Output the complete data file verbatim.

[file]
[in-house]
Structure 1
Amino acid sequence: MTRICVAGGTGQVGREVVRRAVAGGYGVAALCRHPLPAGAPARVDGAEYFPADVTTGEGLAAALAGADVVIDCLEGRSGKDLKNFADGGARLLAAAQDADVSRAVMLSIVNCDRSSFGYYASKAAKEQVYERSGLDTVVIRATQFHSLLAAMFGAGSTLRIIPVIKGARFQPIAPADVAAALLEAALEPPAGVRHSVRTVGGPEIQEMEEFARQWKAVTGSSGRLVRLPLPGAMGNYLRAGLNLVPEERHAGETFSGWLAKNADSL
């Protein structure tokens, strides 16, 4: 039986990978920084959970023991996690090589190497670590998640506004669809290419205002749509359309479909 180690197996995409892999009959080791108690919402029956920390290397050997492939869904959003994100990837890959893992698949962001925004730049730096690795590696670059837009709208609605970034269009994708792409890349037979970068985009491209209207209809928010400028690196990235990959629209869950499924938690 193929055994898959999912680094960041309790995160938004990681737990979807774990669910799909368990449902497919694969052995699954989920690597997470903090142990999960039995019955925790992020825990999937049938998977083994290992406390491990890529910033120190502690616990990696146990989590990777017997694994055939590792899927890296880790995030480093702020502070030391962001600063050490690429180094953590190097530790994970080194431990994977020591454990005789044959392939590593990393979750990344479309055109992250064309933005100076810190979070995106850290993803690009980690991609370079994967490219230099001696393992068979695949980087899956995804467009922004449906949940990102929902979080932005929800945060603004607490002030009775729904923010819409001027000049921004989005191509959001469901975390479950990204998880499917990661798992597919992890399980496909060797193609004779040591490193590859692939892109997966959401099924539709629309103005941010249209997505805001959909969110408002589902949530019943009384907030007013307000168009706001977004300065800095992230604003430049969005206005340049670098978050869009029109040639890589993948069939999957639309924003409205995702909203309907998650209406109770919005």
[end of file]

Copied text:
[in-house]
Structure 1
Amino acid sequence: MTRICVAGGTGQVGREVVRRAVAGGYGVAALCRHPLPAGAPARVDGAEYFPADVTTGEGLAAALAGADVVIDCLEGRSGKDLKNFADGGARLLAAAQDADVSRAVMLSIVNCDRSSFGYYASKAAKEQVYERSGLDTVVIRATQFHSLLAAMFGAGSTLRIIPVIKGARFQPIAPADVAAALLEAALEPPAGVRHSVRTVGGPEIQEMEEFARQWKAVTGSSGRLVRLPLPGAMGNYLRAGLNLVPEERHAGETFSGWLAKNADSL
């Protein structure tokens, strides 16, 4: 039986990978920084959970023991996690090589190497670590998640506004669809290419205002749509359309479909 180690197996995409892999009959080791108690919402029956920390290397050997492939869904959003994100990837890959893992698949962001925004730049730096690795590696670059837009709208609605970034269009994708792409890349037979970068985009491209209207209809928010400028690196990235990959629209869950499924938690 193929055994898959999912680094960041309790995160938004990681737990979807774990669910799909368990449902497919694969052995699954989920690597997470903090142990999960039995019955925790992020825990999937049938998977083994290992406390491990890529910033120190502690616990990696146990989590990777017997694994055939590792899927890296880790995030480093702020502070030391962001600063050490690429180094953590190097530790994970080194431990994977020591454990005789044959392939590593990393979750990344479309055109992250064309933005100076810190979070995106850290993803690009980690991609370079994967490219230099001696393992068979695949980087899956995804467009922004449906949940990102929902979080932005929800945060603004607490002030009775729904923010819409001027000049921004989005191509959001469901975390479950990204998880499917990661798992597919992890399980496909060797193609004779040591490193590859692939892109997966959401099924539709629309103005941010249209997505805001959909969110408002589902949530019943009384907030007013307000168009706001977004300065800095992230604003430049969005206005340049670098978050869009029109040639890589993948069939999957639309924003409205995702909203309907998650209406109770919005």